What’s in a book? Well, some words, written on some pages, sandwiched between some covers, and with some text on the front and back. Only now that eBooks proliferate, all that’s changed to a small file of ones and zeroes. Electronic books can’t possibly be worth as much as paper books: there’s no paper, there’s no printing to do, no shipping, no postage. They have no weight. We’re probably all well versed in the arguments for eBooks being cheaper.
But this makes the foolish assumption that cost is the same as price. Cost is not price. Cost is how much it costs you to make a thing – like the writing, paying the advance, editing, proofreading, and production. Price in contrast is entirely to do with the value to the customer. So if a customer gets more out of an eBook, the eBook is worth more, and should sell for more.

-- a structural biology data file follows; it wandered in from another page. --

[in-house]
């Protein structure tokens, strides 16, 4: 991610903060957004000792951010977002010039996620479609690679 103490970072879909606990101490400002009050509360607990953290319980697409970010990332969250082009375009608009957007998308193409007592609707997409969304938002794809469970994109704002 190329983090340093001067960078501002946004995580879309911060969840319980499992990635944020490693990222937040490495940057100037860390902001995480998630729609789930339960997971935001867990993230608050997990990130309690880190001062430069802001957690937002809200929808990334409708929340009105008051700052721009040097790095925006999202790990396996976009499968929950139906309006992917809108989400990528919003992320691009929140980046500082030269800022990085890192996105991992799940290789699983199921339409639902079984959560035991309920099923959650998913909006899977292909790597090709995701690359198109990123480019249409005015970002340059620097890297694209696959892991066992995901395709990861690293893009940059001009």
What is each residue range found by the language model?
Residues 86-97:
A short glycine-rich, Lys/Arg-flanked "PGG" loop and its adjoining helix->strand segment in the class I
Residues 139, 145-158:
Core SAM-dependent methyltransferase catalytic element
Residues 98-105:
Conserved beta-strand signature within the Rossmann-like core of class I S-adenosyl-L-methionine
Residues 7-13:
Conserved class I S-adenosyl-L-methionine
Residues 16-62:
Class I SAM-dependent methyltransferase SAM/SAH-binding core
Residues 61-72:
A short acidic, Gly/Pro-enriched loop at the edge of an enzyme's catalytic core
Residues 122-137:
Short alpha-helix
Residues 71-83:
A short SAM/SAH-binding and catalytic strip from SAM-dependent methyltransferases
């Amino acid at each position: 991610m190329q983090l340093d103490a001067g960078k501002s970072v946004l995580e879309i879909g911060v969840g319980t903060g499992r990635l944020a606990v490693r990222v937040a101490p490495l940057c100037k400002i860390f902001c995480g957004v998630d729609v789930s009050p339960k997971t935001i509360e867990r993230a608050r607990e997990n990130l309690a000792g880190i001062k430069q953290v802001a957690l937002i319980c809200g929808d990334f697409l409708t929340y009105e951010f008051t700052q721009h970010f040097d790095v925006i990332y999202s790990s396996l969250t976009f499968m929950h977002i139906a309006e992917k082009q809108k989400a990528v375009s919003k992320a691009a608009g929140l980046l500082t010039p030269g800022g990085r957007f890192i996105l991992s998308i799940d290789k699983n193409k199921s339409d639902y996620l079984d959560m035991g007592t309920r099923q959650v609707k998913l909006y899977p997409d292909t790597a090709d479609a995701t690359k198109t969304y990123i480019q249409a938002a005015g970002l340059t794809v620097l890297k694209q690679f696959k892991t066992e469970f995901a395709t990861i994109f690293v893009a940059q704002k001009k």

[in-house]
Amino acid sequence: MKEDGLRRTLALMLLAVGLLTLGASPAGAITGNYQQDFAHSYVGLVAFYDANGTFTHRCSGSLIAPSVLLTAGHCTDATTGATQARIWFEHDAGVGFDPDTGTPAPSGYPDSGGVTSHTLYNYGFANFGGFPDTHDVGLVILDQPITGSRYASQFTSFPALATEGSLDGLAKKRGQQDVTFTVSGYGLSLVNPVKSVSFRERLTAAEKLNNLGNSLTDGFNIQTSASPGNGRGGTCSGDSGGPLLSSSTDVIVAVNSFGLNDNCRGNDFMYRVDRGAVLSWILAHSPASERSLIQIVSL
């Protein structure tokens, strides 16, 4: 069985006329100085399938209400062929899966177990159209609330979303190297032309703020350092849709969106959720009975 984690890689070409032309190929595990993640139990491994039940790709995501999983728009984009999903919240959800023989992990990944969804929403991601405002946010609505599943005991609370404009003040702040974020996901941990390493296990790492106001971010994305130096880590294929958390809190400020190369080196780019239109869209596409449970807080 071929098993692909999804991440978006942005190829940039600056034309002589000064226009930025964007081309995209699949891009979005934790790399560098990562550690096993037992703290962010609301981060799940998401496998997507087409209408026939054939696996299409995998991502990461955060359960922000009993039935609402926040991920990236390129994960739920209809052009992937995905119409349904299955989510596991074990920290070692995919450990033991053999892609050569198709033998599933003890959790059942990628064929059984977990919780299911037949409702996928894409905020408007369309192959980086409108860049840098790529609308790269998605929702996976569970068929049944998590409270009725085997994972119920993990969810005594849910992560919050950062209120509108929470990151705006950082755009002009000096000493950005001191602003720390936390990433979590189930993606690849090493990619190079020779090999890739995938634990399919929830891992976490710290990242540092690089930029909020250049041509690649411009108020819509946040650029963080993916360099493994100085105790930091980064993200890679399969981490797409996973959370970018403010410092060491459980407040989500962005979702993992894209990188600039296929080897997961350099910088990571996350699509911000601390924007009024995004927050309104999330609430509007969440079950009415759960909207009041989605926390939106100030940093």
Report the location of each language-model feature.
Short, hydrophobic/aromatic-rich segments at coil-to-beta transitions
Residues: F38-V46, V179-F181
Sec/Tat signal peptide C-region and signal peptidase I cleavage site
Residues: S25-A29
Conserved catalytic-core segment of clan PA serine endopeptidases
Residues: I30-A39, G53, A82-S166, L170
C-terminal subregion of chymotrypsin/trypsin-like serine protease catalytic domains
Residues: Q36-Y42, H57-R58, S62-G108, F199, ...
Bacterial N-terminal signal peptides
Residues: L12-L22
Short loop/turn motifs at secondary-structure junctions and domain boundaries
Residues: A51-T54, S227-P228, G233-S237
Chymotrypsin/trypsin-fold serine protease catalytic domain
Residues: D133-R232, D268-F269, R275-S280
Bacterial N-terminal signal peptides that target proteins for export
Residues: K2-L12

What do we get out of an eBook? Well, it’s light, so we can carry lots of them around wherever we go. They’re small, so we can get lots of them in our handbag, and we don’t need to set aside space in our house to store them. They don’t decay, so there’s no depreciation in the physical value of an eBook, no yellowing of pages or pages getting torn. They’re robust, incapable of being destroyed by rain or even eaten by the dog. Ebooks have full colour photos and diagrams where paper books are usually just black and white. In terms of value, the eBook is worth much more than the paper book.
So why don’t eBooks sell for more than paper books?
I once knew a very shrewd business man. He showed me one of his most popular product lines, a metal washer. This plain metal washer, he said, sold at two pence a piece. It had a nice burnished colour to it due to the heat of the manufacturing process. Then he held up another washer, exactly the same shape and size as the previous one, except that it was black.
“This matte black washer sells at just one pence, half the price of the shiny one” he said.
“What’s the difference?” I said.
“It’s the same washer” he said with a smile, “except that I paid extra for it to be painted.”